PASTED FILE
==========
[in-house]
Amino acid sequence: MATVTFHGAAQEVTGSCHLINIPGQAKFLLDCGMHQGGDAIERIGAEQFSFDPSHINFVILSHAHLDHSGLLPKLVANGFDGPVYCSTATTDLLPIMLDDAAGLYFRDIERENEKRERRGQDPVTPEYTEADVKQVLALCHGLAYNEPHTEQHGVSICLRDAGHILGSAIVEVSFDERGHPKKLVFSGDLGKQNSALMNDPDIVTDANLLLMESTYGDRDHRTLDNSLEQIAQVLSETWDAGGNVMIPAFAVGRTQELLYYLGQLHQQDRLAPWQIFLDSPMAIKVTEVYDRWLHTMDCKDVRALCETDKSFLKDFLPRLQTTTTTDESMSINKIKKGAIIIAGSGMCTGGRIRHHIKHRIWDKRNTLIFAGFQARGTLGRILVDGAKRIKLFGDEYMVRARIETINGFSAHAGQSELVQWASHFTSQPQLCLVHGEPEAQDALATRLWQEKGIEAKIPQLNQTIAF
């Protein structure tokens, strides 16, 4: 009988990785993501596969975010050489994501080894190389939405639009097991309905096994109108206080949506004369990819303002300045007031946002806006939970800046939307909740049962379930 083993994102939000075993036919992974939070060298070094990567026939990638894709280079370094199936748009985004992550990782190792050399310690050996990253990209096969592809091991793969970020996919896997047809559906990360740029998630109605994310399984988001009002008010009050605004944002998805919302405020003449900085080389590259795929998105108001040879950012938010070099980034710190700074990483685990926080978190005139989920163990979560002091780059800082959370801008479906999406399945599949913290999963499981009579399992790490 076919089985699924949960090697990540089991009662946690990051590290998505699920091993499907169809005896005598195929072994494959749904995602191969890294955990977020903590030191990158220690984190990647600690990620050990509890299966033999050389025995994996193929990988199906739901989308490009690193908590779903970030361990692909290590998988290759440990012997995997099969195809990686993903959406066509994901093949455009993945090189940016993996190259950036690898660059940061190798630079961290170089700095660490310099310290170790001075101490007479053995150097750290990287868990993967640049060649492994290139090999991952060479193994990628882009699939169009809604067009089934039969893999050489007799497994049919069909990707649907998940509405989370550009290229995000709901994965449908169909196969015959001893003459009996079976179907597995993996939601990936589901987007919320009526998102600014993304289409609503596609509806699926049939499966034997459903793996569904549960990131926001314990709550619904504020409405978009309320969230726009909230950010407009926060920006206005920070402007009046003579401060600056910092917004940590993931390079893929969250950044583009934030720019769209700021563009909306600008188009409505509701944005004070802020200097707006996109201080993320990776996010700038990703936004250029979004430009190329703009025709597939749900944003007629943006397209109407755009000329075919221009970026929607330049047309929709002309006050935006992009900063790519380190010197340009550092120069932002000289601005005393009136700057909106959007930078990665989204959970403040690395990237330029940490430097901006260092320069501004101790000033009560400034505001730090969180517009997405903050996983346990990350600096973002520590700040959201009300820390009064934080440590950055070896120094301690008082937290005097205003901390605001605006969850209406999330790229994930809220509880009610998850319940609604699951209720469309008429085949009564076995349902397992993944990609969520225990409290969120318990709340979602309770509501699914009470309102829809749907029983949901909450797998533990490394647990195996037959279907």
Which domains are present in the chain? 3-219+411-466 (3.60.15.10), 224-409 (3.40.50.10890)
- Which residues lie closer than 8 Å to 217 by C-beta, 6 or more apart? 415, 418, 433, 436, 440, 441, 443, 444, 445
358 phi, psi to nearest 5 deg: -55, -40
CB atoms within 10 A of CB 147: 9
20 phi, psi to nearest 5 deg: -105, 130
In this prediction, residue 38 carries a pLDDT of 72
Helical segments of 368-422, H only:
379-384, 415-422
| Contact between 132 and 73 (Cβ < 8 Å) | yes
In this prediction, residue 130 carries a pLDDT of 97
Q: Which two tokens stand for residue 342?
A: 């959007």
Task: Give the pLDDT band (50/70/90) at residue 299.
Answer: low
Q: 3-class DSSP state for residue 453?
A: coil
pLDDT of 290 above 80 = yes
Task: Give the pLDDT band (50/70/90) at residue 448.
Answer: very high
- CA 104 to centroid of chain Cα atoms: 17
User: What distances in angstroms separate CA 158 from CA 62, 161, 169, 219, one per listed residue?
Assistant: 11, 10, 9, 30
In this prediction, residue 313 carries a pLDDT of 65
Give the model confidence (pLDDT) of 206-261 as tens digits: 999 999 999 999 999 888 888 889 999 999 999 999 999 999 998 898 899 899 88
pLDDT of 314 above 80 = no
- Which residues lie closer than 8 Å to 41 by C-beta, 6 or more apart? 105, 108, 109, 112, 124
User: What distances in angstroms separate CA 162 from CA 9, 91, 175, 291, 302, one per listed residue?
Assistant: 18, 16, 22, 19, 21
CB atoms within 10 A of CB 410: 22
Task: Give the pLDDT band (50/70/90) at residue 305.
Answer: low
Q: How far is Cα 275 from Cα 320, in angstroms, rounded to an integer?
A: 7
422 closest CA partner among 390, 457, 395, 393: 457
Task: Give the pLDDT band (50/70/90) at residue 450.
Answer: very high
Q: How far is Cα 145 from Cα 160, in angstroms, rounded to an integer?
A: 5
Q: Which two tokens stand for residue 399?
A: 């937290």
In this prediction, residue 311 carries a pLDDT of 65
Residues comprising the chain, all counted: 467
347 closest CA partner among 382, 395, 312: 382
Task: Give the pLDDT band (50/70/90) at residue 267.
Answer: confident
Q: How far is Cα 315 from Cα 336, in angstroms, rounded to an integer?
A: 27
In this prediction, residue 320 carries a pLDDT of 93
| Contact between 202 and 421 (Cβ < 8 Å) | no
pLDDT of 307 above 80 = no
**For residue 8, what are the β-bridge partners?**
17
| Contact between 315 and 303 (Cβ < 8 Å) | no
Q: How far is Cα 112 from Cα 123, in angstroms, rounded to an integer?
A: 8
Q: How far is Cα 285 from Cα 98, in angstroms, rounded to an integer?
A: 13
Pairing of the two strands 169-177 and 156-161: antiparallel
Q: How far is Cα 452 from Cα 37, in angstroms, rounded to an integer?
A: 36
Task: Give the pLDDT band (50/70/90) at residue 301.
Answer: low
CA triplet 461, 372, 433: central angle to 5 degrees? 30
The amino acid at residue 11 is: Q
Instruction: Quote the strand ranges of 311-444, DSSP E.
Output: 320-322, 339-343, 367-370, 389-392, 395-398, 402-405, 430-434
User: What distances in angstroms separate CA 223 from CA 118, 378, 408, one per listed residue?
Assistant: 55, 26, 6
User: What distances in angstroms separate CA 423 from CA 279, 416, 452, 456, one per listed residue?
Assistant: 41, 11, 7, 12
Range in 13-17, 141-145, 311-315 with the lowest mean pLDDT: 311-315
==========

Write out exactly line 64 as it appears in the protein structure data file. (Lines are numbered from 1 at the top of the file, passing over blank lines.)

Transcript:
Task: Give the pLDDT band (50/70/90) at residue 301.